Friday, December 21, 2007

Arms Surplus in Canada

People say that it is the small trends matter the most. This is a pretty depressing statement about the state of world affairs. From

A new report by the federal government shows that in 2003, Canada's arms exports reached the highest level ever recorded.

The report, covering three years from 2003 to 2005 and released this week, revealed that sales of military exports hit more than $700 million in 2003.

But the report doesn't include sales to Canada's biggest customer, the United States. According to industry experts, if those sales were included, Canada's arms exports would have topped $2 billion in 2003.

More than 500 Canadian companies and tens of thousands of employees make military products across the country — everything from bullets and rockets to light armoured vehicles.

Arms control expert Ken Epps, of the arms control group Project Ploughshares, said Canada is shipping arms to questionable places.

"Sales to countries that are involved in armed conflict or where there are human rights concerns are still continuing," Epps said.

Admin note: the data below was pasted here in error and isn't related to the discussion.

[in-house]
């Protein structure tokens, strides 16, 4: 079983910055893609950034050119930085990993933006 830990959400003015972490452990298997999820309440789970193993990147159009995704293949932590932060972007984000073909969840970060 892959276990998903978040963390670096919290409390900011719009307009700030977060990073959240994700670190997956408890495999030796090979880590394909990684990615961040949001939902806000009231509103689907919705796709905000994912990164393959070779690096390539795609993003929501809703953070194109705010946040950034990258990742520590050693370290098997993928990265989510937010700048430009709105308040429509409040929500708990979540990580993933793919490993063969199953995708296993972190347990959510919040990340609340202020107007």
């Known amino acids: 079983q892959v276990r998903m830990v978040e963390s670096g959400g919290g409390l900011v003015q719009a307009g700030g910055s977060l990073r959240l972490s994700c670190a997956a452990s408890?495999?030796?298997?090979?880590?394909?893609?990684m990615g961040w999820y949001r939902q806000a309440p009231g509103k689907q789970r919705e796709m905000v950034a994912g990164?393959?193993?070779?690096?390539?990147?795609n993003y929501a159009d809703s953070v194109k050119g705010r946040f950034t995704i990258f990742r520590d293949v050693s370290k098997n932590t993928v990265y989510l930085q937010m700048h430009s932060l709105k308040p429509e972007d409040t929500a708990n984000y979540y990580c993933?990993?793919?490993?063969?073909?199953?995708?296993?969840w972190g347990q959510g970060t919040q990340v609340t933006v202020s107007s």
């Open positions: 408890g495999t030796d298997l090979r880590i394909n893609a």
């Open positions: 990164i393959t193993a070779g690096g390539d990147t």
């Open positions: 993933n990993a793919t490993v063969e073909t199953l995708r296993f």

He pointed out that Colombia, China and Saudi Arabia were among the countries receiving military goods.

Epps also complained that the report is a step backward in terms of transparency because it doesn't provide as much information as past reports.

For example, sales dropped substantially by 2005 to $320 million, but Epps said that figure doesn't include shipments worth $250 million to Pakistan's military in 2004 and 2005.

"There were sales during the period of the report of helicopters to the Pakistan military, and those do not appear in the report. That is, in our interpretation, because they are dual-use items and are not listed as military goods."

The report states for the first time that the sale of military goods to Pakistan has been banned since 1998.

Foreign Affairs Minister Maxime Bernier wasn't available to comment on the helicopter sales, which took place under the former Liberal government.

Bernier promised to release the report in October after a CBC investigation raised questions about Ottawa's silence during a period of increased arms exports.

It's not clear when the report for 2006 sales — which is usually tabled in Parliament by now — will be made public.

Get it here

--What I find most surprising is that the report doesn't include arms sales to the United States. We should defiantly be considering who we are selling weapons to. At the very least, there should be a bigger national debate going on.

1 comment:

sponsors said...

very interesting points!